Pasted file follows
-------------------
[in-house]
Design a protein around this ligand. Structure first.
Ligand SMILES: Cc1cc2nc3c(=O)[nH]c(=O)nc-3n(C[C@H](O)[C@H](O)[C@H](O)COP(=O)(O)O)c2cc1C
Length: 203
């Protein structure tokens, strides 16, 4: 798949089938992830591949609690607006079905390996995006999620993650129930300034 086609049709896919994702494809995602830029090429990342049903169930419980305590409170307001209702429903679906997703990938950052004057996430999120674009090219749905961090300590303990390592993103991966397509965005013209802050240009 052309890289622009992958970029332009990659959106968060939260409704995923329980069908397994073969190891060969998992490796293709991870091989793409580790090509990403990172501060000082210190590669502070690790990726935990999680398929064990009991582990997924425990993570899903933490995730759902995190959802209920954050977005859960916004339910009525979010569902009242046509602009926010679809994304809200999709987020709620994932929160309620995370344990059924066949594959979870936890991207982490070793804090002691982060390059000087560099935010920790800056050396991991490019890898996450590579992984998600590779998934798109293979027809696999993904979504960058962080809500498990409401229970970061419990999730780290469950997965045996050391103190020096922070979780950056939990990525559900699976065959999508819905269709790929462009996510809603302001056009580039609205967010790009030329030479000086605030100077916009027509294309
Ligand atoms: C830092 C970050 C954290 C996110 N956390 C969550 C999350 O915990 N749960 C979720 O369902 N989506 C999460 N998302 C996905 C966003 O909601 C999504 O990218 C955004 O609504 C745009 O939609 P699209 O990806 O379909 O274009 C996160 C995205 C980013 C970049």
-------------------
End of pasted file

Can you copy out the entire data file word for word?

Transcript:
[in-house]
Design a protein around this ligand. Structure first.
Ligand SMILES: Cc1cc2nc3c(=O)[nH]c(=O)nc-3n(C[C@H](O)[C@H](O)[C@H](O)COP(=O)(O)O)c2cc1C
Length: 203
């Protein structure tokens, strides 16, 4: 798949089938992830591949609690607006079905390996995006999620993650129930300034 086609049709896919994702494809995602830029090429990342049903169930419980305590409170307001209702429903679906997703990938950052004057996430999120674009090219749905961090300590303990390592993103991966397509965005013209802050240009 052309890289622009992958970029332009990659959106968060939260409704995923329980069908397994073969190891060969998992490796293709991870091989793409580790090509990403990172501060000082210190590669502070690790990726935990999680398929064990009991582990997924425990993570899903933490995730759902995190959802209920954050977005859960916004339910009525979010569902009242046509602009926010679809994304809200999709987020709620994932929160309620995370344990059924066949594959979870936890991207982490070793804090002691982060390059000087560099935010920790800056050396991991490019890898996450590579992984998600590779998934798109293979027809696999993904979504960058962080809500498990409401229970970061419990999730780290469950997965045996050391103190020096922070979780950056939990990525559900699976065959999508819905269709790929462009996510809603302001056009580039609205967010790009030329030479000086605030100077916009027509294309
Ligand atoms: C830092 C970050 C954290 C996110 N956390 C969550 C999350 O915990 N749960 C979720 O369902 N989506 C999460 N998302 C996905 C966003 O909601 C999504 O990218 C955004 O609504 C745009 O939609 P699209 O990806 O379909 O274009 C996160 C995205 C980013 C970049």